Scripture specifically states that God hates some. Psalm 11:5 and Romans 9:13 (a quotation from Malachi 1:2-3) emphatically assert that truth. It is impossible to deny. One must either repudiate the Bible or accept what these passages say. But there are many who, while paying lip service to these passages, nevertheless insist that Scripture also teaches that God loves all men. Their position raises the question: Does God love and hate the same person at the same time and in the same way? So it would seem.

To avoid such nonsense, various ploys are used. One says, These only seem to us to be contradictory, but in the mind of God there is harmony between them. This is a pretty lame way of getting out of the problem, although it is frequently used. Those who do not accept such nonsense are called rationalists. And those who defend contradictions in the Bible are frequently referred to as unusually pious. For they are willing to bow before teachings in Scripture which are flatly opposed to each other.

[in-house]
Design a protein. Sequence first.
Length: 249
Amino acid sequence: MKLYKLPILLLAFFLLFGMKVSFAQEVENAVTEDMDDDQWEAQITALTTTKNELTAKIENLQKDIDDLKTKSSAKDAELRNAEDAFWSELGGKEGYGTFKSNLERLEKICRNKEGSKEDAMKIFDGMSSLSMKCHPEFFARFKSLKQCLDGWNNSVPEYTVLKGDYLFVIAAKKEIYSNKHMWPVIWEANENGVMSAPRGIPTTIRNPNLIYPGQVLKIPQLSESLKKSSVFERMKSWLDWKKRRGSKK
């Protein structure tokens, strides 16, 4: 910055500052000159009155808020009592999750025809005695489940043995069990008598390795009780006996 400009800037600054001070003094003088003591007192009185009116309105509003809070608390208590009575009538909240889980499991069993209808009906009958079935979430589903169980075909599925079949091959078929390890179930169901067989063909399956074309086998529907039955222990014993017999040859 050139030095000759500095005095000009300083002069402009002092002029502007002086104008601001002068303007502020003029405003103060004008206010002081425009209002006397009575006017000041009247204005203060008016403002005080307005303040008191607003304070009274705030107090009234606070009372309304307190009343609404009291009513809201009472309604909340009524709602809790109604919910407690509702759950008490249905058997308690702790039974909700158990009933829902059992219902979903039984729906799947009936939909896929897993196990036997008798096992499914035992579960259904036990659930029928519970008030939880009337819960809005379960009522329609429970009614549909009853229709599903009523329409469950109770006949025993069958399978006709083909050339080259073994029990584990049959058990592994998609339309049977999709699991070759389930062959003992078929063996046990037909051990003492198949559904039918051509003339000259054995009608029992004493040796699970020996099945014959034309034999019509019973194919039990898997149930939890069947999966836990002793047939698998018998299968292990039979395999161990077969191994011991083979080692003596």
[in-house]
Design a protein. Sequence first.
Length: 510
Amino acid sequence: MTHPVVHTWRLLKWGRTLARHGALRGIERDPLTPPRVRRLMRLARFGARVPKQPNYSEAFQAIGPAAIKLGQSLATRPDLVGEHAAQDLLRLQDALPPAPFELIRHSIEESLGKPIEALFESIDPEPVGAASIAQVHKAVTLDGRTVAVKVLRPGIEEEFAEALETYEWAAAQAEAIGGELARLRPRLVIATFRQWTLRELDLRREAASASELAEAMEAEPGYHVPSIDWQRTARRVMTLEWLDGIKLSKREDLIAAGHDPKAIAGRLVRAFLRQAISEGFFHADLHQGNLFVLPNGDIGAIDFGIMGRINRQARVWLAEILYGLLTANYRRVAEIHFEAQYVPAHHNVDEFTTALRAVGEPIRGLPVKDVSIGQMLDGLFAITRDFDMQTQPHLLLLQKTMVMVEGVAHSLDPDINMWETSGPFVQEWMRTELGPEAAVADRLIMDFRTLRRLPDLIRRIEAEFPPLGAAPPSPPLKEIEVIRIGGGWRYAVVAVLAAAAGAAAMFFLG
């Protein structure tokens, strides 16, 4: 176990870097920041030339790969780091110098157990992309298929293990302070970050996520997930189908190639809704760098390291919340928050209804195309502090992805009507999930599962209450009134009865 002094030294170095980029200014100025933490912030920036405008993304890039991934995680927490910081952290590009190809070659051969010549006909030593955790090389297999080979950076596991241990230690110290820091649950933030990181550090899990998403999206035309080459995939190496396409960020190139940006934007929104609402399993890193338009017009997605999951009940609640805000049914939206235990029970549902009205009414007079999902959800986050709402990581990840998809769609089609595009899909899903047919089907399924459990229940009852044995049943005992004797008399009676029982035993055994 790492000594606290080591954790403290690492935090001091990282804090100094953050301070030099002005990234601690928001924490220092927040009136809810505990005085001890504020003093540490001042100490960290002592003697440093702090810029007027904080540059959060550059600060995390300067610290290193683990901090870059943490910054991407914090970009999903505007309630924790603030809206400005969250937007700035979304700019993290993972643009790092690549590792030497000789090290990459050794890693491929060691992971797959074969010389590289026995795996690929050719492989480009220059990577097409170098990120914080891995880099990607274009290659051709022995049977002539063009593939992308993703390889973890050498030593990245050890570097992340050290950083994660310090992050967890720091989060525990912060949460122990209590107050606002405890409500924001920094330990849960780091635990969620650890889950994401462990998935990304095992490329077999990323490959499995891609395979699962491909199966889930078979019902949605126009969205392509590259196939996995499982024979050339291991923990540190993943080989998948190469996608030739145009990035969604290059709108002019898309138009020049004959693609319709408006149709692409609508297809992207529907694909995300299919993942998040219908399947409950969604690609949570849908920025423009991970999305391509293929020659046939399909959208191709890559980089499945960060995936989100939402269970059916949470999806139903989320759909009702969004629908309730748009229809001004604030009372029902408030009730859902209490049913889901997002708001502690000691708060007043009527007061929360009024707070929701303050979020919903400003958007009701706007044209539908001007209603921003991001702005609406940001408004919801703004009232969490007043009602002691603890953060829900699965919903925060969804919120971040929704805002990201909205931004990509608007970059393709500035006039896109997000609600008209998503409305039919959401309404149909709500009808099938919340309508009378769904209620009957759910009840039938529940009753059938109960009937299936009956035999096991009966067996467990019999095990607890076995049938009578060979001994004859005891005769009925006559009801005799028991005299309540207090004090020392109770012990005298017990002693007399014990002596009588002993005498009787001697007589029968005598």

What they forget is that they are not merely saying something about our ability to understand things; they are saying something about God. At the very least they are saying that God does not know how to make things clear to us, so He speaks in flat contradictions so that we can understand Him better. But usually these people are saying that in some sense of the word God truly loves some people and hates these same people at the same time. That kind of a god is strange and ultimately an idol.

Another evasion is to say that when Scripture says God hates Esau and the workers of iniquity, it means that God loves Esau and the workers of iniquity less than others. How I could justify myself to my wife by telling her that I love another woman less than I love her is a dilemma which only these men can explain. My wife, I know with certainty, would not buy that. Yet, I had a philosophy teacher in college, a Reformed Calvinist, a theologian of great ability, who tried to defend this very position.